Iteration in computing is the repetition of a block of statements within a computer program. In practice this repetition can take place a set number of times or can repeat based on a set of logical criteria that change over time.

There are two main ways this is achieved in programming which are a for loop and a while loop.

###### For loop

In the IB pseudocode document the syntax for a for loop is a from to loop. In most programming languages the syntax of a for loop is

for (INITIALIZATION; CONDITION; AFTERTHOUGHT)

{

// Code for the for-loop's body goes here.

}

This may be expressed in a flowchart as: In JAVA  the syntax would be

For (int x= 0; x<5;x++){

//do something

}

In IB psueudocode it would be as follows:

loop X from 0 to 4

//do something

end loop

###### While loop

A while loop is an iteration but in this case the loop must repeat until a certain condition is met. This can be programmed in JAVA in the following way

while (COUNT<5) {

COUNT = COUNT + 1

}

In IB pseudocode this would look like this:

loop while COUNT<5

COUNT = COUNT +1

end loop

A variation of the while loop is the do while loop in which a condition is first run before the check is made. The difference is that the evaluation of the expression is done at the end of the loop:

do {

//Statements

}

while (condition)

#### 4.1.7 Explain the relationship between the decisions and conditions of a system.

In computing conditional statements are features which perform different computations depending on whether a boolean expression evaluates as true or false. The basic structure of this statements using IB pseudocode is as follows:

if (condition) then

//Do something

else

//Do something else

end if

This can be used in a number of contexts in computer programming.

## 4.2 Connecting computational thinking and program design (22 hours)

### 4.2.1 Describe the characteristics of standard algorithms on linear arrays.

#### Sequential search

In computer science, linear search or sequential search is a method for finding a particular value in a list, that consists of checking every one of its elements, one at a time and in sequence, until the desired one is found.

For example consider the following array of integers: Let us imagine we are searching for the number 21. First go to the first element of the array. Is it equal to 21? No. Then move to the next element. Is it equal to 21? No. Then move to the next element. Is it equal to 21? Yes.

Here is an example of a linear search in pseudocode:

N=0

loop while ARRAY.hasNext()

if ARRAY[N] == SEARCHTERM then

output N

end if

N=N+1

end loop

output -1

The method returns the position of the search term if it is found otherwise it returns a -1.

#### Binary Search

In computer science, a binary search or half-interval search algorithm finds the position of a specified input value (the search "key") within an array sorted by key value. In each step, the algorithm compares the search key value with the key value of the middle element of the array. If the keys match, then a matching element has been found and its index, or position, is returned. Otherwise, if the search key is less than the middle element's key, then the algorithm repeats its action on the sub-array to the left of the middle element or, if the search key is greater, on the sub-array to the right. If the remaining array to be searched is empty, then the key cannot be found in the array and a special "not found" indication is returned.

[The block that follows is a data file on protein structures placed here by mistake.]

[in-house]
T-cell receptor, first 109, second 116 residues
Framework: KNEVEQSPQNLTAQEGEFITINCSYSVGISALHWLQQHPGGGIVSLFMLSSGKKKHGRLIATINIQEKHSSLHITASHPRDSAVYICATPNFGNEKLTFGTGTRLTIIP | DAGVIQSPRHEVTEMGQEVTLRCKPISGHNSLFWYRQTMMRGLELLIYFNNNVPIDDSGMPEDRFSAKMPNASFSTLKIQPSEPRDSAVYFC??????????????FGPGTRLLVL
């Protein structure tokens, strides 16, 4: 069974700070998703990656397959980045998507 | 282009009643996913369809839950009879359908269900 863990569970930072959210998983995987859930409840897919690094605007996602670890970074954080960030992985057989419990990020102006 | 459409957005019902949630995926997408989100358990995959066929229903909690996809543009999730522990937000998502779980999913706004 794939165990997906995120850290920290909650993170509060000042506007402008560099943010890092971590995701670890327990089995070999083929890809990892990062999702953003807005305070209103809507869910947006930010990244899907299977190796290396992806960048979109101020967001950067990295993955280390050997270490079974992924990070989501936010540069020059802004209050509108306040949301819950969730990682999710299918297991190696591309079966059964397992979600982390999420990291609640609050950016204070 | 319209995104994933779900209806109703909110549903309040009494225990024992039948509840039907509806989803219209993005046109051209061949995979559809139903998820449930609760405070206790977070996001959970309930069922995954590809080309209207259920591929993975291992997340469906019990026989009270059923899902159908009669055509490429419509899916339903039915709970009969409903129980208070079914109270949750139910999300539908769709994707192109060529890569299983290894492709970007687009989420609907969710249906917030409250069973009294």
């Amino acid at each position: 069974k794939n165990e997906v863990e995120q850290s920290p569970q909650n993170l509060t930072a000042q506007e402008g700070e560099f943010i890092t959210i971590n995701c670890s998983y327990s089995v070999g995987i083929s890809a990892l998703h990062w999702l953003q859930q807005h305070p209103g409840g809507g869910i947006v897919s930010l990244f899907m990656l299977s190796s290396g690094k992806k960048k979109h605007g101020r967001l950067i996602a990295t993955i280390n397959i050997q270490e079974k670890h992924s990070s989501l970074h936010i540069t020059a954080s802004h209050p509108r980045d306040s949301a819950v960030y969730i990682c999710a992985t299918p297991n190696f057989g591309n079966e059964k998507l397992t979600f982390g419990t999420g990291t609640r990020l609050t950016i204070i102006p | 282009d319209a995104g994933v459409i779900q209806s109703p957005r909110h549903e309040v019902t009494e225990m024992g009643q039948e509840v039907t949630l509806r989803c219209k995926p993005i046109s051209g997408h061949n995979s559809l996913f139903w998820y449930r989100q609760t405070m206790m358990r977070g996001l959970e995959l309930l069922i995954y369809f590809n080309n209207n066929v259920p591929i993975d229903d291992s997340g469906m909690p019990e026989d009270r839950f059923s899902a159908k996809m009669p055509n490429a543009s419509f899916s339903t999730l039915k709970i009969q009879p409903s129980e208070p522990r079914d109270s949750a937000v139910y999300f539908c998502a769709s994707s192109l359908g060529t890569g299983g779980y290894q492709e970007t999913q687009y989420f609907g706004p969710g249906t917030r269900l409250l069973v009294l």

For example consider we are searching the following sorted array of integers for the number 27. First find the middle position Is 16<33? Yes. Discard  the right hand half. Next find the middle position Is 16<24. Yes. Discard the right hand half. Next find the middle position Is 27<27? No

Is 27>27? No

Then we have found the term.

There are several variations of this method but it can be written in an iterative way as (IB sample algorithms):

public int binarySearchA(int target, int[] nums, int size)

{

//  An iterative binary search.  Size = size of num array.

//  If found, returns position.  Else returns -1.

int middle, low, high;

boolean found = false;

low = 0;

high = size-1;

middle = -1;

while (high >= low && !found)

{  middle = (low + high) / 2;

if (target < nums[middle])

{  high = middle - 1; }

else if (target > nums[middle])

{  low = middle + 1;  }

else

{  found = true;  }

}

if (found)

{  return middle; }

else

{  return -1;  }

}

#### Bubble Sort

Bubble sort, sometimes incorrectly referred to as sinking sort, is a simple sorting algorithm that works by repeatedly stepping through the list to be sorted, comparing each pair of adjacent items and swapping them if they are in the wrong order. The pass through the list is repeated until no swaps are needed, which indicates that the list is sorted. The algorithm gets its name from the way smaller elements "bubble" to the top of the list. Because it only uses comparisons to operate on elements, it is a comparison sort. Although the algorithm is simple, most of the other sorting algorithms are more efficient for large lists.

There are several variations of this method but it can be written in an iterative way as (IB sample algorithms):

public void bubbleSortB(int[] nums, int size)

{

//  An ascending bubble sort, but this does not perform a

//  specific number of passes.  Instead, it stops if an entire pass

//  completes WITHOUT any swaps occurring.

int current, temp;

boolean done;